Vulnerability Scanning in DevSecOps | CodeForGeek

Vulnerability Scanning in DevSecOps | CodeForGeek

As security and privacy concerns have become a major conversation in the IT industry, companies have started to embrace security as a main business discipline. Within this larger topic is the concept of vulnerability scanning. In this article, we will talk about this in the scope of DevSecOps.

DevSecops—Baking Security into the Whole Development Lifecycle

Let us first understand what DevSecOps is. At its simplest, it incorporates security into the whole process of planning, designing, coding, deploying, and releasing software (DevOps).

Traditionally, security has been an afterthought. Many previously felt that security is simply the job of the ‘security guys’. These are people whose only task is looking for holes in the code base, database, or running application. However, because of the prevalence of attacks, security has now become part of the development process.

What is Vulnerability Scanning?

Vulnerability scanning (or more commonly called ‘vuln scan’)  is simply performing an automated scanning of a network, codebase, or system to detect any security vulnerability. This is one of the integral aspects of DevSecOps.

This scanning should result in a list of all possible weaknesses in the code being scanned. The end goal is for the organization to be able to remediate the vulnerabilities to prevent any malicious entity from discovering and exploiting them.

What Kind of Vulnerabilities Should You Scan For?

OWASP periodically releases its list of Top 10 vulnerabilities to guide organizations into preventing attacks on their systems and software products. Thus it also protects the users that use these systems and products. In general, though, these vulnerabilities can be categorized into affecting the following aspects of a system.

This type of vulnerability may be found in the firewalls, network layers (TCP/IP), wireless and LAN connections (i.e., insecure access points), and servers. Essentially, it’s more of a hardware and configuration issue.

Operating System

Since company servers also run using certain operating systems, this category involves weaknesses in such operating systems. Attackers may take advantage of (i.e., take over it) and sabotage the entire system.

Examples of this include weak password policies and session management vulnerabilities. An organization’s processes within the whole software development lifecycle should involve security checks before passing through the next stages.

When we deal with vulnerabilities involving humans, we are not just talking about human error (which happens a lot) but also attacks performed physically. For example, when a database administrator wilfully gives their credentials to an external party with the intent of allowing such a party to steal user data or other sensitive information.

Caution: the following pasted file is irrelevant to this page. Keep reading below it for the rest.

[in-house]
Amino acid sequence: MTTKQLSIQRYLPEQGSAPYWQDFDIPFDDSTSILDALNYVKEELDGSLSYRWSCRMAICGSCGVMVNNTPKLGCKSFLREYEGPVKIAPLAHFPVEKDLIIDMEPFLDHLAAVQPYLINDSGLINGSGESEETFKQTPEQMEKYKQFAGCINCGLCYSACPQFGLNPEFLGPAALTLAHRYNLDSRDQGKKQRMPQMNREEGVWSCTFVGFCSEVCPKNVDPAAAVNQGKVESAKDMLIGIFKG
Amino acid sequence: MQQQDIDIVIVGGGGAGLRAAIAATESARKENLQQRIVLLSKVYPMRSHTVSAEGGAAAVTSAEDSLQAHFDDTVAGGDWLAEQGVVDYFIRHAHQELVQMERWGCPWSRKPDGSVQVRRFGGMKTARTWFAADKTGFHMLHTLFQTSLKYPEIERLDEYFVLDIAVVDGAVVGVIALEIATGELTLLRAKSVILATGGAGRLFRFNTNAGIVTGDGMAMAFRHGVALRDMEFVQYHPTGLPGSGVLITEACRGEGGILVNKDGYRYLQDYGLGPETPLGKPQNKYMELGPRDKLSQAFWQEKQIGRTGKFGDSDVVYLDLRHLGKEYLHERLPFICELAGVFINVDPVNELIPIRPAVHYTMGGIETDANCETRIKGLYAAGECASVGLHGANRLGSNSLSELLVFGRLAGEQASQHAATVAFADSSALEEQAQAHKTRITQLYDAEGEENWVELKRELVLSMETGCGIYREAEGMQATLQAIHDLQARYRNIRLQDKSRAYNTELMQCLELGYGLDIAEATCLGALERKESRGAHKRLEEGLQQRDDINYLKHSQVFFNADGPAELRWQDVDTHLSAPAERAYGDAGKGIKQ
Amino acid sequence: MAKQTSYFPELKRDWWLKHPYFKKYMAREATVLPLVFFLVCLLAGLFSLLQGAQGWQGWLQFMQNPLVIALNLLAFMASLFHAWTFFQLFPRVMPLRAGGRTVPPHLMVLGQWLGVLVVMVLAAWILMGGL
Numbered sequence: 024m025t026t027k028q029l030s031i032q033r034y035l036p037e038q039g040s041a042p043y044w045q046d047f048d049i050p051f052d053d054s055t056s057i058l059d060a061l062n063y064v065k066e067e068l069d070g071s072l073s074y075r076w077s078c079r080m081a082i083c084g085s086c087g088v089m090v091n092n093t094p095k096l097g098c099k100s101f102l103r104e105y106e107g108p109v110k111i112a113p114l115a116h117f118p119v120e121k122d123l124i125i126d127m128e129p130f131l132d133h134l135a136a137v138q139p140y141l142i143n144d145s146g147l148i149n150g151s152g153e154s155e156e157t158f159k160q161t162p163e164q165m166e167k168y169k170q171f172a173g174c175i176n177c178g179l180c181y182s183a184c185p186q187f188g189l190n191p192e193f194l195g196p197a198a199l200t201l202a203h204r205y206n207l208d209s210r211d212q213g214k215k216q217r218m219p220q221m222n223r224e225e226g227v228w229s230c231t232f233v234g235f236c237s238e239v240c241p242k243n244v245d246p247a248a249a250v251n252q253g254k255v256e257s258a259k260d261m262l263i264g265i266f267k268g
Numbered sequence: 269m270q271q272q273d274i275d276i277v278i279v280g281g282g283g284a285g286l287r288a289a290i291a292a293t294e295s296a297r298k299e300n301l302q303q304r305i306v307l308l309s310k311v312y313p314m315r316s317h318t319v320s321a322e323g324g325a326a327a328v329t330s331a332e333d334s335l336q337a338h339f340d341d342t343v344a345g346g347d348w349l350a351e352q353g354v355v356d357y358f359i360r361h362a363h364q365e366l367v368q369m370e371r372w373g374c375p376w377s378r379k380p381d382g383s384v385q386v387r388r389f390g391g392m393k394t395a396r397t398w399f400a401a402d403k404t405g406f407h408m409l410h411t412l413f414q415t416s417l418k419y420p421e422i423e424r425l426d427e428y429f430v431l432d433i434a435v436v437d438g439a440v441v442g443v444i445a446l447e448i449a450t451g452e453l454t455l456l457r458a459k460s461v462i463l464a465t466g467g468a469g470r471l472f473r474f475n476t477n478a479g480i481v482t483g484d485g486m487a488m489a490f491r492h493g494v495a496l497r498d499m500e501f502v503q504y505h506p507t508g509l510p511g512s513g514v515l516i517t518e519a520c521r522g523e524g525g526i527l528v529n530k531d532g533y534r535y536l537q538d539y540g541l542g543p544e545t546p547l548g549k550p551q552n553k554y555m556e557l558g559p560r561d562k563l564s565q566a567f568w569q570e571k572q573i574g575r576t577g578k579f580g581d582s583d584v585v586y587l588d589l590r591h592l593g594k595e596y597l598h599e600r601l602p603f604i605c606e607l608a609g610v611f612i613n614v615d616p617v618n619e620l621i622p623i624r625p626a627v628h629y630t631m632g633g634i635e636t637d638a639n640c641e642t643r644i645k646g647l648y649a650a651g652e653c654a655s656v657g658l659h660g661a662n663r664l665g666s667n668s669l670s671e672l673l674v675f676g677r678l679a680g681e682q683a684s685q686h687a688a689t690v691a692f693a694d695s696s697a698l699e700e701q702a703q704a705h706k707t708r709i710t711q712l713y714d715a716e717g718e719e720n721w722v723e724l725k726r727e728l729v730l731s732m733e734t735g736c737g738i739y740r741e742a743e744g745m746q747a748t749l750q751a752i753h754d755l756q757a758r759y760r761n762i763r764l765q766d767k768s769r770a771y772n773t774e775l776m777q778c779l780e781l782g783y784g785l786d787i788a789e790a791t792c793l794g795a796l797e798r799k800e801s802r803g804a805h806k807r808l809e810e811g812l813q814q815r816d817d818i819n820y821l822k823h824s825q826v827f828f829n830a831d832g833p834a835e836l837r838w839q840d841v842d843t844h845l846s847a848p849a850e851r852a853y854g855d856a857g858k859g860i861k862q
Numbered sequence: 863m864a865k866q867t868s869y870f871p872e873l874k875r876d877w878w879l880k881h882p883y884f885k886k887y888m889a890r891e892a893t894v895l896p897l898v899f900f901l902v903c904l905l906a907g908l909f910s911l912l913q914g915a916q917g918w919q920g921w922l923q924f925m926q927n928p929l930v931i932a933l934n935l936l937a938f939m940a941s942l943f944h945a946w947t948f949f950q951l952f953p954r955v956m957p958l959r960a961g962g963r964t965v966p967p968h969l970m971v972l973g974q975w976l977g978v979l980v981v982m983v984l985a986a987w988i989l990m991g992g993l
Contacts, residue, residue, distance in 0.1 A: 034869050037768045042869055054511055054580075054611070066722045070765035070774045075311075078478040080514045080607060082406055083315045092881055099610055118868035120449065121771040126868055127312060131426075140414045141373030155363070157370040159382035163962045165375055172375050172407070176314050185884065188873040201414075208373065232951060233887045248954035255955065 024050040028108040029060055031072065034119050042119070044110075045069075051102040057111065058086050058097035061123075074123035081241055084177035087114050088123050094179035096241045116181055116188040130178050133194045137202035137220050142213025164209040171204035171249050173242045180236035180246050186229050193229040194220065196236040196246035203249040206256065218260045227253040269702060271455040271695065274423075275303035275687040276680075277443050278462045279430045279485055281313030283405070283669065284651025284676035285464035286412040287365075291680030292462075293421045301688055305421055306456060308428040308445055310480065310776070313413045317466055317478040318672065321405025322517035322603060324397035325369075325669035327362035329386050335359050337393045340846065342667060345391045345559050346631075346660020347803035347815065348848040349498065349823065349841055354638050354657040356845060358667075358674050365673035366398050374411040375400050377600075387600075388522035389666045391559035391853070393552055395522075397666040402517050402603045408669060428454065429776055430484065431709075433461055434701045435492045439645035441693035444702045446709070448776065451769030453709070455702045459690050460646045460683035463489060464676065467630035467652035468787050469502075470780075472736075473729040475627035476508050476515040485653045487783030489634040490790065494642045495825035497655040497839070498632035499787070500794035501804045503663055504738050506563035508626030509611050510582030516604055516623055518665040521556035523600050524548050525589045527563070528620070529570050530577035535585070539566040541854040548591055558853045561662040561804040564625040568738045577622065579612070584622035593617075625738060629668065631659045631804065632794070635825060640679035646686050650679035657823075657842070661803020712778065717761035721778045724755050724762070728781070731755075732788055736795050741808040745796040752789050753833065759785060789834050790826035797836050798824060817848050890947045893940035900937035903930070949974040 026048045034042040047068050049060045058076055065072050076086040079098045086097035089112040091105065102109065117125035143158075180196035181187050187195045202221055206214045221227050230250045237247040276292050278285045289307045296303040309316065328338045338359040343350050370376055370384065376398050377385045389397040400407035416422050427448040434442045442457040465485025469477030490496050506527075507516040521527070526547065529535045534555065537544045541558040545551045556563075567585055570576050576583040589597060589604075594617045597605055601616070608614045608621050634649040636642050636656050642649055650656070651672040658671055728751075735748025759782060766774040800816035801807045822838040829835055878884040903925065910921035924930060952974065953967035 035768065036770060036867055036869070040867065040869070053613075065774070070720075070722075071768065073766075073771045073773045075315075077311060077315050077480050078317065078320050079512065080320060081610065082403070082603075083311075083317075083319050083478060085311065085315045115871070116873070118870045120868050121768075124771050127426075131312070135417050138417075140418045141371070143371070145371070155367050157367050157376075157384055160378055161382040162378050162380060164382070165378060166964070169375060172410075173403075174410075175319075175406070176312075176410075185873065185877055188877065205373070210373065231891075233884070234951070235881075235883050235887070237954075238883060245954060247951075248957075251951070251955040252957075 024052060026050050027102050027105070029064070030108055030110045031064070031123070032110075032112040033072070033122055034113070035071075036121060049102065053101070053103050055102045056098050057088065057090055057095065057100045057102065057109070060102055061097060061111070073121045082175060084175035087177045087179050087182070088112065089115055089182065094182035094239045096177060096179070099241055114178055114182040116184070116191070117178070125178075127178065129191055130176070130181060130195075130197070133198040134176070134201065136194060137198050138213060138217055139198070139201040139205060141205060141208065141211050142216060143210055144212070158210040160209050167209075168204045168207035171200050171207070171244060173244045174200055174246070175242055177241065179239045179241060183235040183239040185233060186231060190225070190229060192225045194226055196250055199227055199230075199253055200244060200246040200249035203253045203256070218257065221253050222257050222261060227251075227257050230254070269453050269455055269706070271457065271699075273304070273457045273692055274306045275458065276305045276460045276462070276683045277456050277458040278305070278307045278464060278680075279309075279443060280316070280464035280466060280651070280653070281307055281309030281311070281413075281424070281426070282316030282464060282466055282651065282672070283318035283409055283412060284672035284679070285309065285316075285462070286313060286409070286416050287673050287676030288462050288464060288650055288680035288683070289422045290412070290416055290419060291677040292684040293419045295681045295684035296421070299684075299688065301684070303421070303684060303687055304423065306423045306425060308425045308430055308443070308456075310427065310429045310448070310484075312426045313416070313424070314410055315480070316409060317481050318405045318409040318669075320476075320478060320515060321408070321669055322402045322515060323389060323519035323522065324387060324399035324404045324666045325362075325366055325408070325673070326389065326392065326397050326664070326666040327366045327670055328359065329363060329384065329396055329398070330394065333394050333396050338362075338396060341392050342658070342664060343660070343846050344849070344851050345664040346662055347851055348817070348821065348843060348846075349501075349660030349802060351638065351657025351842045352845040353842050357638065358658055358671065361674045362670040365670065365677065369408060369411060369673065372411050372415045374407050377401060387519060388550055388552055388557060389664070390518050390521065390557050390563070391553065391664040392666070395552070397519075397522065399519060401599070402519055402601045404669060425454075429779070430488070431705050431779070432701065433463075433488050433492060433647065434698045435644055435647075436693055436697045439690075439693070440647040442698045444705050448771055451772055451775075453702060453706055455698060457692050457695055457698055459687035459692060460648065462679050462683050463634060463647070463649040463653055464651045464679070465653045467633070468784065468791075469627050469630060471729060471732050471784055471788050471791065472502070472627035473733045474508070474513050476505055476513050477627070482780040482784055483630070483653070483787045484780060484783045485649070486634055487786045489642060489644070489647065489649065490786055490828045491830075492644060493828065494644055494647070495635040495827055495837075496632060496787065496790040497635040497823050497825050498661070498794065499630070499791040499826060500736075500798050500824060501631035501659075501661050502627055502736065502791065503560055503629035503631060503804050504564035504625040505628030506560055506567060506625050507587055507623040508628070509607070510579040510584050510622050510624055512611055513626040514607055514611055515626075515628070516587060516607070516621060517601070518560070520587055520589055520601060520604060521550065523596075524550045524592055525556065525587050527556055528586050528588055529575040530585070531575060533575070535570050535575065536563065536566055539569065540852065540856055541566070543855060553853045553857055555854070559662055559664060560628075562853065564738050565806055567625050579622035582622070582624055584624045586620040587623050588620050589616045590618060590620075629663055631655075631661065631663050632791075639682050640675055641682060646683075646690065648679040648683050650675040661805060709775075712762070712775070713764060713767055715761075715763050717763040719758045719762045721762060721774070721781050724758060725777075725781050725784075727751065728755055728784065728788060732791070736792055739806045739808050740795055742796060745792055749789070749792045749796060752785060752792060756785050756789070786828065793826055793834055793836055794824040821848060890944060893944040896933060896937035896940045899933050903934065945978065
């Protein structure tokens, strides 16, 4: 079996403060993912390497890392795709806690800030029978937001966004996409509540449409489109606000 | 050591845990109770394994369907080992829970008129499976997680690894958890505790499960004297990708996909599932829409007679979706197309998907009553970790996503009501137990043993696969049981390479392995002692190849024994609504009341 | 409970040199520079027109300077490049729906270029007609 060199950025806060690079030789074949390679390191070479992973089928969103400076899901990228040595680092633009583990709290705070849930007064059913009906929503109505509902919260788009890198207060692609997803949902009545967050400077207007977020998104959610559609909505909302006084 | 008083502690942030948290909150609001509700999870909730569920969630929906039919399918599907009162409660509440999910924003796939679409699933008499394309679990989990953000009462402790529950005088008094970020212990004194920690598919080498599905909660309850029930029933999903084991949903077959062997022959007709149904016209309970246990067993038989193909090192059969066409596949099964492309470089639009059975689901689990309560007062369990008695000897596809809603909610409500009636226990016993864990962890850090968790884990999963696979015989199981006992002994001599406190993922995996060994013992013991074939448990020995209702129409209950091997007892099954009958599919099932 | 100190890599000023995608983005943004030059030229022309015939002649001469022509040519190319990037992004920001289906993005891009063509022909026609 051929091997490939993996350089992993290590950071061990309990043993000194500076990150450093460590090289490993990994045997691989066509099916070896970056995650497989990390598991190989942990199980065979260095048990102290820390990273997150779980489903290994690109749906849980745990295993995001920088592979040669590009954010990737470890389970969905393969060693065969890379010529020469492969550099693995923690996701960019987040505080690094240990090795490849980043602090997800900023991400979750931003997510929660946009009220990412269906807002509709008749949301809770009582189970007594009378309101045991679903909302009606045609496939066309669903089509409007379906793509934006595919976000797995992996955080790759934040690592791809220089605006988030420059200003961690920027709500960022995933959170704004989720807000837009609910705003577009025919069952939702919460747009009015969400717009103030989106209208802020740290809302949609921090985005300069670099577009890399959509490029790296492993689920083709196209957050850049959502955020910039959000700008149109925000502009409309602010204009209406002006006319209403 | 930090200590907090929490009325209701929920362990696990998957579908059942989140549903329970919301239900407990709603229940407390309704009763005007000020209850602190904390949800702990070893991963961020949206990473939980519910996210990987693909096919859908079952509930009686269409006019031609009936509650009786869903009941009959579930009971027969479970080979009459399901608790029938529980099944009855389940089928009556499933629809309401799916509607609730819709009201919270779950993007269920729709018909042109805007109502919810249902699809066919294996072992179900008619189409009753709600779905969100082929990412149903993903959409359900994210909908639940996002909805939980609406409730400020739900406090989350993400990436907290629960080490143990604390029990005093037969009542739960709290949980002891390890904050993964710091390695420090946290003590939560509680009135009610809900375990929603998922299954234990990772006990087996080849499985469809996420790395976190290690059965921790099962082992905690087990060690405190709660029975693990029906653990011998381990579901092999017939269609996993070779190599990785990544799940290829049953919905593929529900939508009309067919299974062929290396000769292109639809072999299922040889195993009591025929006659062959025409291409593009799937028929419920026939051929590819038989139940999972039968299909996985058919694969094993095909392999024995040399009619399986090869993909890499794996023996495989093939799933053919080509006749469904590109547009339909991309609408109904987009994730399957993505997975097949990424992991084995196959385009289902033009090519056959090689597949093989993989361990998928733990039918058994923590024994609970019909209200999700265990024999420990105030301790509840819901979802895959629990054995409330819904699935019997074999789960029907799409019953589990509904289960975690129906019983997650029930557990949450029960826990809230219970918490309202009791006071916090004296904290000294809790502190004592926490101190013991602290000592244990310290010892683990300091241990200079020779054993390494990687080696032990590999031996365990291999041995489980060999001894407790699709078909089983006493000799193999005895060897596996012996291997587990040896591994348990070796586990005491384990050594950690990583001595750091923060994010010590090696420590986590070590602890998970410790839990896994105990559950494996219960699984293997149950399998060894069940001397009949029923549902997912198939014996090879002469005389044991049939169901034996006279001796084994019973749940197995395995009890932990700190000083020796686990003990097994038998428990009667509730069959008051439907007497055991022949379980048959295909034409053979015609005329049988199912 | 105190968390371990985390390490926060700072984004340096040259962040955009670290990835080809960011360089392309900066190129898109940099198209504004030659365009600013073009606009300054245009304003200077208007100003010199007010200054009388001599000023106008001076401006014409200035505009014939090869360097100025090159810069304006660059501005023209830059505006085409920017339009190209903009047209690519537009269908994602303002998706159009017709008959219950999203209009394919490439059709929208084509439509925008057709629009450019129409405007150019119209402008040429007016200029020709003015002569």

Different Types of Vulnerability Scans

External scanning is done on publicly exposed surfaces of the software. This may involve the API endpoints, the website/web pages, ports, networks, and everything else that gives access to users for the application.

Internal scanning is performed on the company’s own networks, servers, and on the codebase itself. Essentially, should the external scan fail to prevent an intrusion (say, a malicious script gets past external scanners), then the organization should be able to still catch it within the boundaries of its internal system.

This involves scanning all the environments that the software is being executed on or tested against. Internally, there may be several pre-production environments to scan. It may also involve testing the software on the different devices it will run on (i.e., iOS, Android, desktop).

Source: https://www.balbix.com/insights/what-to-know-about-vulnerability-scanning-and-tools/

Vulnerability scanning should be part of a company’s core processes when dealing with software. Neglecting this opens it up to all sorts of troubles down the road. 

Why so? 

Security vulnerability scanning isn’t just performed by your IT department; it is also done daily by attackers. Attackers are always on the lookout for weak spots in every software. So, why give them the upper hand? Responsible organizations should always have very strong defenses against attacks. Putting vulnerability scanning as an integral part of the process ensures that any vulnerability (at least the critical and high severity ones) can be quickly taken care of.

This content was originally published here.

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